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today is Jan 31, 2023

Future F1 retiree Sebastian Vettel believes there will come a point in his life where no one will remember him as a four-time Formula 1 World Champion.

Vettel will depart the grid at the end of this season, leaving behind a remarkable 15-year track record in Formula 1.

From his one-off debut with BMW Sauber in 2007 to his current campaign with Aston Martin, Vettel has put 295 races under his belt, achieving 53 wins - one with Toro Rosso, 38 with Red Bull Racing and 14 with Ferrari - and four world titles.

Vettel's decision to retire has come against a backdrop of disappointing seasons. And yet, the 35-year-old insists his love for the sport is still intact.

"I still love the sport. I still love racing," he said in an interview on the Aston Martin F1 website.

"The decision to retire was a tough one, but I've been thinking about it for a while. I know how much commitment this sport requires, and I feel like it's a good time to do other things."


The German admits that his successive campaigns with Aston in the last two years haven't panned out as expected.

"They have been challenging because the car wasn't as competitive as we hoped," he said.

"This year, we wanted to make a significant improvement over last year. We failed. We're currently where we finished last year.

"I'm not pointing the finger and saying we did a bad job. I'm just being realistic. We had high hopes, but we fell short."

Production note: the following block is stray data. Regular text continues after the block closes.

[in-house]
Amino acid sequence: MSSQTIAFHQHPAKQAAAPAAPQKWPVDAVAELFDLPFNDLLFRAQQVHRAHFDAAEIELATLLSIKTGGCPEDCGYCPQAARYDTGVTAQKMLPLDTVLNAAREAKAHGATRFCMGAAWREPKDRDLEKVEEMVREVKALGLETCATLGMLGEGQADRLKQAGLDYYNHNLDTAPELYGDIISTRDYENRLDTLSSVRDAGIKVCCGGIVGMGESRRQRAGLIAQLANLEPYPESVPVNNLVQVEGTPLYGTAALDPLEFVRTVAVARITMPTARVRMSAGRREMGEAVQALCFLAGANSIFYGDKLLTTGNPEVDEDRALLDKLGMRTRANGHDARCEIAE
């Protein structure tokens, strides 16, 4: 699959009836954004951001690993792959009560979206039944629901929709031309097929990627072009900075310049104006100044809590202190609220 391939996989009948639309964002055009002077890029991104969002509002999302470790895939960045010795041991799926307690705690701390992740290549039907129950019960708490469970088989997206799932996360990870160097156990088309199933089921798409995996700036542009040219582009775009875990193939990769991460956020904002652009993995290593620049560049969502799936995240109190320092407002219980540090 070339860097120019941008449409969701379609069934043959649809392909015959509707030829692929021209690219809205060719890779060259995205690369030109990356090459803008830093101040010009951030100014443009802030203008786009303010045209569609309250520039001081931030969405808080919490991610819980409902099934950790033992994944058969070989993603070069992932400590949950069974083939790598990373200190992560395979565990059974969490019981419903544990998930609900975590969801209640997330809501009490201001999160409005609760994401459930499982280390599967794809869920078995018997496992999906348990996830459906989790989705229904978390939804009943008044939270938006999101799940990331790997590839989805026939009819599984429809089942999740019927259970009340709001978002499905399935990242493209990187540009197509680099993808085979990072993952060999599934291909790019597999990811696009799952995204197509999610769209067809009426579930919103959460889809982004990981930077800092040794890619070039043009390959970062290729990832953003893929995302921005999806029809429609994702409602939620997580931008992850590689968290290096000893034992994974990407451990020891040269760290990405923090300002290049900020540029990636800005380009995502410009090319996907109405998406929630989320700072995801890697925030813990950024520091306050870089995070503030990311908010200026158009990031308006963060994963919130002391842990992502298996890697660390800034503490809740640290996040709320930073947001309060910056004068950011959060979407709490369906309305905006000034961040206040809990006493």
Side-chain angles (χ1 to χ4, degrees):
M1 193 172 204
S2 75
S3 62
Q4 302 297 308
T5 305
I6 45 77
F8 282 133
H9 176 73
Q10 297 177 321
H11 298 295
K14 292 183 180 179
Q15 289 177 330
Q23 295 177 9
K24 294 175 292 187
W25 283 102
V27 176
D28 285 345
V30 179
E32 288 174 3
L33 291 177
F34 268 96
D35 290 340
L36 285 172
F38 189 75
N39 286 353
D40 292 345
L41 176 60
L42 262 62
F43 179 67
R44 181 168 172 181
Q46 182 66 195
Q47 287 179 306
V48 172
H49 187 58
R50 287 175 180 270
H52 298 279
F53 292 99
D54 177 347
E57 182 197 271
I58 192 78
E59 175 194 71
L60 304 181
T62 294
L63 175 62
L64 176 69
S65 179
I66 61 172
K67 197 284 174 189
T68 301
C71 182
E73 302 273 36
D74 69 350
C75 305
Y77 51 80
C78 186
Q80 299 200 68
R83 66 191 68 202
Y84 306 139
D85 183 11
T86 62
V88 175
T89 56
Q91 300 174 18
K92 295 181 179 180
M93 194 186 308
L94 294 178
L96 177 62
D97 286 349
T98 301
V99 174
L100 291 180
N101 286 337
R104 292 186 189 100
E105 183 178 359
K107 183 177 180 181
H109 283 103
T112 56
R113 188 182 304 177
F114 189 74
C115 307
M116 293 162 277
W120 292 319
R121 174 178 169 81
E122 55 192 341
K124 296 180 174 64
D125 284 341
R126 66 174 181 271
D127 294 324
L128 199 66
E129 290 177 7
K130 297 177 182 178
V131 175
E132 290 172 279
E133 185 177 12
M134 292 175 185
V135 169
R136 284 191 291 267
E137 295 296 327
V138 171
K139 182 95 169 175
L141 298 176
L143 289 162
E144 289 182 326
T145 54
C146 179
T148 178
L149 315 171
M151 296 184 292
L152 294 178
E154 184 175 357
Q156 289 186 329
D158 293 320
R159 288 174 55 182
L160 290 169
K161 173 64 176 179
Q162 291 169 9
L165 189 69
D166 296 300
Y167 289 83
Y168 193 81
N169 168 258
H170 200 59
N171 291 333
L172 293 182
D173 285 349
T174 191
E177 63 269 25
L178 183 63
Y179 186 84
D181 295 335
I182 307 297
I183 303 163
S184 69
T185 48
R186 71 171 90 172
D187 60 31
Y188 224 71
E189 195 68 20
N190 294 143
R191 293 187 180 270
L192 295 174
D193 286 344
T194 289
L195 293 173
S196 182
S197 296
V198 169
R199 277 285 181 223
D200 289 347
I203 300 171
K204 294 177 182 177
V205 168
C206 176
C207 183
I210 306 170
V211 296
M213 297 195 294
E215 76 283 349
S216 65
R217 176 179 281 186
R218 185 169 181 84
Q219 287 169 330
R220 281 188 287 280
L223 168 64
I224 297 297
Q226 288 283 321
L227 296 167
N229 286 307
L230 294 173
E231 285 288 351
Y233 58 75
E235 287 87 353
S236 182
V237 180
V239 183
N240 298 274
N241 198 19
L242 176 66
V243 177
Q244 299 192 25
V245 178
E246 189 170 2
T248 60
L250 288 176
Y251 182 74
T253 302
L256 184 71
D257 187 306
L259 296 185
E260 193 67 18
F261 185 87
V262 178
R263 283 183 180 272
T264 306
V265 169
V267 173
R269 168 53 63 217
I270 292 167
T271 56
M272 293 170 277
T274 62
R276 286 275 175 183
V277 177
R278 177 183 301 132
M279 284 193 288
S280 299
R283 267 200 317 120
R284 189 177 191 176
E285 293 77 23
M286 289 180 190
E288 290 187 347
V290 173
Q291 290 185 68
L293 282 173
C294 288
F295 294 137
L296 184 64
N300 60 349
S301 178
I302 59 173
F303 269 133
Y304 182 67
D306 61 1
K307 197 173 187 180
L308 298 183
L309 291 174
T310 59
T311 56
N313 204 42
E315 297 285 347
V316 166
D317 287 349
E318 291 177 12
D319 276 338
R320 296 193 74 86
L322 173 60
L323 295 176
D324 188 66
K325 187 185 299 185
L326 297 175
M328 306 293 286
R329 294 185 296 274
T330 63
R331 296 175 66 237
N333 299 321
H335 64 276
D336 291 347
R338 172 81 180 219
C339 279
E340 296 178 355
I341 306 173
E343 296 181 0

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Asked if a more prosperous period would have delayed his decision to retire, Vettel said that he wasn't sure .

"I don't know," he said. "Would I be retiring if I had been very competitive over the last three or four years: winning races, fighting for championships – maybe winning another one?

"I might have come to the same decision. Equally, I might not have. It's impossible to say, but it has crossed my mind.

"Finishing 10th doesn't give me a buzz because I know how it feels to finish first. If you've never finished first, the first time you finish 10th you get a real buzz.

"But I'm happy that I don't get a buzz from finishing 10th."


Despite his outstanding legacy, a humble Vettel believes his name may not survive the test of time.

"I once heard someone say, 'You will only be remembered until the last person who remembers you dies' he said.

"Let me put it this way: the UK has a new king, but he's not the first King Charles – there were two more before him. Do you remember them? Probably not. There's a limit.

"There will probably come a point when no one will remember me. Nothing lasts forever."


The buildup to Vettel's last F1 race has started, and many in the paddock have expressed their gratitude to the German for what he has brought to the sport.

But F1's Renaissance Man is also grateful to all those who contributed to his incredible journey over the last 15 years.

"You know, it's funny, a lot of people say thank you to me, but I want to thank them more," he said.

"If I did what I did and no one was watching – no people in the grandstands, no emotions from the outside – it wouldn't mean a thing.

"I want to say thank you to so many people for making my racing career, my life, what it is."

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